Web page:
Super Bowl Interactive Features


Photographs: Heinz Kluetmeier, John Iacono


It was a helluva time for Pittsburgh Steeler quarterback Terry Bradshaw to call "69 Maximum Flanker Post."

With 3:02 remaining in Super Bowl X and the Steelers nursing a 15-10 lead, Bradshaw knelt down in the huddle. Facing third-and-four from his own 36-yard line, Bradshaw figured that all 80,197 fans in the Orange Bowl plus a certain eleven Dallas Cowboys expected him to go for the first down. Reasonable. Logical. Prudent.

Instead Bradshaw took the biggest gamble of his six-year NFL career. The play was essentially a "Go" route to his favorite wideout, Lynn Swann, whose play thus far in the contest had been even more graceful than his name. Swannie, who had suffered a concussion in Pittsburgh's 16-10 AFC Championship Game win over the Oakland Raiders two Sundays earlier, made the decision to play only minutes before kickoff. Already he had made three balletic catches for 97 yards, including a diving 53-yarder at the end of the first half which should be hanging on a museum wall.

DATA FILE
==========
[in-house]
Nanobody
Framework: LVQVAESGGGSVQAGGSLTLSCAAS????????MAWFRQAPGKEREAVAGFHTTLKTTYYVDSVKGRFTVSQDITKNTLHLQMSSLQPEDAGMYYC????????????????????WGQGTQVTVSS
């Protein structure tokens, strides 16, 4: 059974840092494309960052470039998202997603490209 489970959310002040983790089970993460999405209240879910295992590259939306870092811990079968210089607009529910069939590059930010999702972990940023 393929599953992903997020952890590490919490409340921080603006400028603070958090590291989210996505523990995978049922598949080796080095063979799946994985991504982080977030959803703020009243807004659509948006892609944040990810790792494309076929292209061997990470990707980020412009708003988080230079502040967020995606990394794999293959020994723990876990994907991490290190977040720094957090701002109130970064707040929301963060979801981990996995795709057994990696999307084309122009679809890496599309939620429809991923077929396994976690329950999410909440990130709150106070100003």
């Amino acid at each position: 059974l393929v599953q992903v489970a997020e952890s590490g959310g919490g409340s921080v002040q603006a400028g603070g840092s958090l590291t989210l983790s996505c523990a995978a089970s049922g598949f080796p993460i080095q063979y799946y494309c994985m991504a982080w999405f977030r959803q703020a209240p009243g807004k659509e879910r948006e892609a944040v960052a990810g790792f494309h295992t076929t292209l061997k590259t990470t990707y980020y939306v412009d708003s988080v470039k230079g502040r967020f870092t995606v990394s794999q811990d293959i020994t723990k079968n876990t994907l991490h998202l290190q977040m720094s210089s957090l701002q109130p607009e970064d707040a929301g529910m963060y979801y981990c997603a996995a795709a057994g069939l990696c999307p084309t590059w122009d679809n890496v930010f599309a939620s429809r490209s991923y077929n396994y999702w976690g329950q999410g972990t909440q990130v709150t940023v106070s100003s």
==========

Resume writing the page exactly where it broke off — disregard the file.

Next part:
Bradshaw rolled the dice. And so did Dallas. Thinking that the Steelers would attempt a short pass, the Cowboys blitzed both linebacker D.D. Lewis and safety Cliff Harris. That decision left rookie cornerback Mark Washington in solo coverage on Swann. Lewis stormed into the Pittsburgh backfield untouched and looked as if he was about to behead Bradshaw when the QB, sensing danger, ducked. The defender sailed harmlessly past.

Righting himself, Bradshaw heaved the pigskin with all of his might as Harris, playing the role of the second blade in one of those Gillette twin blade ads, tattooed Bradshaw directly on his left cheek. Down went Bradshaw. Up went Swann. Outleaping Washington, Swann hauled the pass in on the Dallas five and skipped into the end zone untouched. Seventy yards upfield the man who called the daring play was flat on his back, unconscious.

"I got hit from the blind side, and I heard bells ringing," Bradshaw would say in the locker room in the wake of Pittsburgh's 21-17 victory. "I wanted to go deep all day, and the play was my call all the way. I barely got the ball off."

But he did. What else matters?